Almost 60,000 tonnes of melons marketed allow the company from Murcia to keep up its perfect bill of health
Fruit Today euromagazine talked to Celedonio Buendía, the manager of Melones ‘El Abuelo’, to share his view of what the new Piel de Sapo campaign could be like.
How is the ‘Abuelo’ or Grandfather of Melons?
I would say that ‘El Abuelo’ is in excellent health, with an invoicing of around 55,000,000 euros.
An investment fund has knocked on the doors of a melon company. Would you like to have one prowling round Melones El Abuelo?
Why not? If they have already done it with others, we could be an extra link in this chain.
How do you envisage the current season?
In our star variety, the Piel de Sapo, we have the same parameters as last year in terms of production area. And by this, I am referring to the three main producing areas, in spite of the fact that sowing has not finished in Castilla La Mancha, but the data is already available. We have compared this information with many farmers and we consider it to be reliable.
Up to now, how has the Almeria campaign been?
We have seen a certain shortage of commercial sizes, which is attributable to the weather conditions, but in week 20 it started to balance out, resulting in pieces between 2.5 kg and 3.5 kg.
Keeping the crop’s essence is fixed in your DNA and, on this point, you are launching a line called ‘Once upon a time…’ What can you tell me about this?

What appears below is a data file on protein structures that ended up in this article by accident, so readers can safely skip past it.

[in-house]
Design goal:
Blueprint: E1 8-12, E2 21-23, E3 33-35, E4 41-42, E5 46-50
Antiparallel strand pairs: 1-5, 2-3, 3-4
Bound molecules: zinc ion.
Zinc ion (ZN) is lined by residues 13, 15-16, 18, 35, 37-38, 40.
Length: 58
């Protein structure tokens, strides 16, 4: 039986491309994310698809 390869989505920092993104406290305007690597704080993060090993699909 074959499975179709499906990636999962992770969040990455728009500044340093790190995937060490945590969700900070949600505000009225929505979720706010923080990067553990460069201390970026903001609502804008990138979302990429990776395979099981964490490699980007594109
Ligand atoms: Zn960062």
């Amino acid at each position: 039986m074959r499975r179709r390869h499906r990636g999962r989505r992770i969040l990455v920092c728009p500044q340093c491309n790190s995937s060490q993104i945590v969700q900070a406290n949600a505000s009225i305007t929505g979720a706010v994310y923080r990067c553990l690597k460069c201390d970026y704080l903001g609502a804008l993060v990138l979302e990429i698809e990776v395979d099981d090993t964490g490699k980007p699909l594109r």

Several years ago, we started up a line that evoked the flavours of yesteryear and, and as if it were a fairy tale, we christened it ‘Érase una vez …’ (Once upon a time…) We have brought the life back to seeds from 48 years ago, forgotten by my father and we carried out some flavour tests with grandparents from the area. The curious point was that they were unanimous about the fact that they evoked the old flavours.
Using hybridisation techniques, we have managed to maintain the physical appearance and improve these older varieties. Now they have a very firm flesh, the flavour of yesteryear and some brix of around 14 and 15 degrees.
Last year we produced around 2,700 tonnes and this year the forecasts suggest that there will be around 4,000.
How is bio melon consumption perceived from Procomel?
We started bio production over a decade ago and we have maintained a sustained growth of between 12% and 14%, although only in the productions from Murcia and La Mancha.
What are Procomel’s next challenges?
At ‘El Abuelo’ we are always inventing something new and in the near future we will incorporate two new prototypes to the Sugar Baby family. The first of them will be ready for marketing in 2020.
Do you think that melon producers have taken note of the upswing in watermelons, pushing melons aside?
Yes, absolutely. We have taken note of this. The truth is that watermelons are stable, reliable produce, but we can say that the melon producers and the seed companies realised that they couldn’t go on without providing a guarantee of product quality and today, several years later, this threat has been overcome.